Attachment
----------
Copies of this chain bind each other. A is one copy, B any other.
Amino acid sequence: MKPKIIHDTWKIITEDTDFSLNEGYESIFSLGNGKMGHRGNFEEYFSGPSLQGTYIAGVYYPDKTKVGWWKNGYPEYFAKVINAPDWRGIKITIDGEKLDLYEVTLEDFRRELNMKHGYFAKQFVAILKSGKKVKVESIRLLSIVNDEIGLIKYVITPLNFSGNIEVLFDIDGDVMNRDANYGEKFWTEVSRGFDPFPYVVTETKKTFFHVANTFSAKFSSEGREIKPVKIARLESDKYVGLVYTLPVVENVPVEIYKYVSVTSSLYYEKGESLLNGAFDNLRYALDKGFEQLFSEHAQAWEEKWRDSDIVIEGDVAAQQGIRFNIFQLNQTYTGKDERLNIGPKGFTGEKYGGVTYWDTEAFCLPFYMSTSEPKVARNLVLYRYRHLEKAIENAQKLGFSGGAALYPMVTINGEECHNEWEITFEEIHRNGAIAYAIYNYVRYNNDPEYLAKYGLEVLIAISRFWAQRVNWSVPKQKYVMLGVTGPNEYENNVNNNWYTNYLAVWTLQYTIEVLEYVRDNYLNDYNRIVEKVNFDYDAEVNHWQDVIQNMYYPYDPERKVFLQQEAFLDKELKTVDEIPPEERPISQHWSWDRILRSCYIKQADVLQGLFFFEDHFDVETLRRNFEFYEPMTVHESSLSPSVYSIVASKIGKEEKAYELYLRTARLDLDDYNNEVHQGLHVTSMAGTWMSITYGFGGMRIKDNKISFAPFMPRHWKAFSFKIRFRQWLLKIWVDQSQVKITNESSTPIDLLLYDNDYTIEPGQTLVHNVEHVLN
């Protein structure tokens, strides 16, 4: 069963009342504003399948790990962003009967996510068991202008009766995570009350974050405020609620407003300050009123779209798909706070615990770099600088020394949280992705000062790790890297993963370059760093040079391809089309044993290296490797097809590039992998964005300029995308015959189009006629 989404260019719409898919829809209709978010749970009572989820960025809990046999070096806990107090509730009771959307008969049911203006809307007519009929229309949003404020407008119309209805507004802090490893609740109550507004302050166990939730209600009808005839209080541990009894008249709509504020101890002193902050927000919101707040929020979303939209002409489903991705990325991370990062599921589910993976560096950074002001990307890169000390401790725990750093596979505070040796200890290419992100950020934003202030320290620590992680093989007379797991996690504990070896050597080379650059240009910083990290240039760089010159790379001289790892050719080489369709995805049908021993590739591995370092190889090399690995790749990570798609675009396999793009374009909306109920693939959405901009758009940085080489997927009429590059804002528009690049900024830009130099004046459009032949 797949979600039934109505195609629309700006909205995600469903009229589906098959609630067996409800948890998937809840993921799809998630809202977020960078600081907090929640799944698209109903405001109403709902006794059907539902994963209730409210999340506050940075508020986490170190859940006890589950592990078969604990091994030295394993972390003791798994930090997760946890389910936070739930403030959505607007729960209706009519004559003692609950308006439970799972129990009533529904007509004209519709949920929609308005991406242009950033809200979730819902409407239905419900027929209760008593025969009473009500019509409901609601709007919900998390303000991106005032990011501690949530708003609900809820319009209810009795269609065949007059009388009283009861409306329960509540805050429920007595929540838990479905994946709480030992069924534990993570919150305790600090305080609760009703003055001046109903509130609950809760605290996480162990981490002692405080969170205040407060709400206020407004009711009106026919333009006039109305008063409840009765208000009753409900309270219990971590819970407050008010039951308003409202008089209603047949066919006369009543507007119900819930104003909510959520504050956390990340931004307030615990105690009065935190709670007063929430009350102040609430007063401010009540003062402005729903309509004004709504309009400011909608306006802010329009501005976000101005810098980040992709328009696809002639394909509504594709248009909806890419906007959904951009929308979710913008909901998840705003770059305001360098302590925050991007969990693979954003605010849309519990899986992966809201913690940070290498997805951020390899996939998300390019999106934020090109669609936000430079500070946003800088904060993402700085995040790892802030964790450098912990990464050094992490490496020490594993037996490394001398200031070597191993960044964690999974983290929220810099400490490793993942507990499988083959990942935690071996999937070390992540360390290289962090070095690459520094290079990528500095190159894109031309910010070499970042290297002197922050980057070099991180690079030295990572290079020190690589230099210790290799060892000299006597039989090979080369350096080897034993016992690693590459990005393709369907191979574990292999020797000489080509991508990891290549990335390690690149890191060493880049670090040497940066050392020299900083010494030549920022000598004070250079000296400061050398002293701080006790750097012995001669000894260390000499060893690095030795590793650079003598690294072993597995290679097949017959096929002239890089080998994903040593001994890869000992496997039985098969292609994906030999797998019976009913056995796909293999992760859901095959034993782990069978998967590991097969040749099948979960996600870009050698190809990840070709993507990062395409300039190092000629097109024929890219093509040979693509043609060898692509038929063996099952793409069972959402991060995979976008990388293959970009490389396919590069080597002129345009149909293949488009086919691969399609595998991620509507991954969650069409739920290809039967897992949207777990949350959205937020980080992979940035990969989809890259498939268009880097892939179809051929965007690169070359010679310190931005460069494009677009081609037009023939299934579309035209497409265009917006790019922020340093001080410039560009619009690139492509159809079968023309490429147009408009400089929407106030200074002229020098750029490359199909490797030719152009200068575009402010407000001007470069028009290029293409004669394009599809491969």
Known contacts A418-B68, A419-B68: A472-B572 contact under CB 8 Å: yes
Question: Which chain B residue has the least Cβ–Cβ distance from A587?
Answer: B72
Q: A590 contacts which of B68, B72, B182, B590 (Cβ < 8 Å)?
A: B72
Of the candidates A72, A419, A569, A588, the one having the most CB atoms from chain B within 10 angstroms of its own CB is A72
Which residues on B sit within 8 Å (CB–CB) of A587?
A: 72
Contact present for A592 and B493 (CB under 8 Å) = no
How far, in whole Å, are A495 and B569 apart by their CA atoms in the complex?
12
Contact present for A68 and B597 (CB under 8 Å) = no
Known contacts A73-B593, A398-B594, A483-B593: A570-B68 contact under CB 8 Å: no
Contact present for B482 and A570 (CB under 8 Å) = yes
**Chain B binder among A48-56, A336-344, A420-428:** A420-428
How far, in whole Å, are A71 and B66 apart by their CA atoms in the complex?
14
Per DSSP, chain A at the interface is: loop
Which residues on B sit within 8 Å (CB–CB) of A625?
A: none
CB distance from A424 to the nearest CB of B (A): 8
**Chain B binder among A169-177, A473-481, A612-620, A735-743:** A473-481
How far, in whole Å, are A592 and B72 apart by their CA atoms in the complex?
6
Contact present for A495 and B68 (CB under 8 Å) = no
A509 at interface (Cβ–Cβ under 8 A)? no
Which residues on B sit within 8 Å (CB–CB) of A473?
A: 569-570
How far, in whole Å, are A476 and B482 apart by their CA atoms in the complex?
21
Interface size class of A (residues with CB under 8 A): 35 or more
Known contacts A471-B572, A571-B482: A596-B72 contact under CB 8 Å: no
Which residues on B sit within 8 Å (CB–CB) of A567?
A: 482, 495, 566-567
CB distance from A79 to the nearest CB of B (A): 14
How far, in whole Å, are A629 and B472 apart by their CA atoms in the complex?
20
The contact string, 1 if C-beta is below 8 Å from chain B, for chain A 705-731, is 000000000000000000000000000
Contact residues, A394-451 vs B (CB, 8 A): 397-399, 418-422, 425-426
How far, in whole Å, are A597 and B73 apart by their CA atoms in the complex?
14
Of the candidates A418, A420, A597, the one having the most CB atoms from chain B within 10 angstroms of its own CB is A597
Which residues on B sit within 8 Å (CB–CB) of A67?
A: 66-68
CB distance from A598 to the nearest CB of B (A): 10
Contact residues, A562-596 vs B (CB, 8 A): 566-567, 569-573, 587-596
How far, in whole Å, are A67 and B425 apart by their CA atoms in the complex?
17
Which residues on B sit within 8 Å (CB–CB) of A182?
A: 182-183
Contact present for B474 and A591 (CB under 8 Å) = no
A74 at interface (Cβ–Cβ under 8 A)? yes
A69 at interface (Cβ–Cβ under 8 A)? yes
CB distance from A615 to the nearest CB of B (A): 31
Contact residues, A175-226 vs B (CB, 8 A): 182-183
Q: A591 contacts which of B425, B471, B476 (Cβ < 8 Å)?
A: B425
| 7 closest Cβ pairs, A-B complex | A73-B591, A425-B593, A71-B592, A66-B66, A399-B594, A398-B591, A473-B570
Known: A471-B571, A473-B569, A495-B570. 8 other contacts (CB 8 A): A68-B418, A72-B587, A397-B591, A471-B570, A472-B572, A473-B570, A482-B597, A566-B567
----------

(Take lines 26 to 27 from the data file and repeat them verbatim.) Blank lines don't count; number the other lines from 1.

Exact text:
How far, in whole Å, are A592 and B72 apart by their CA atoms in the complex?
6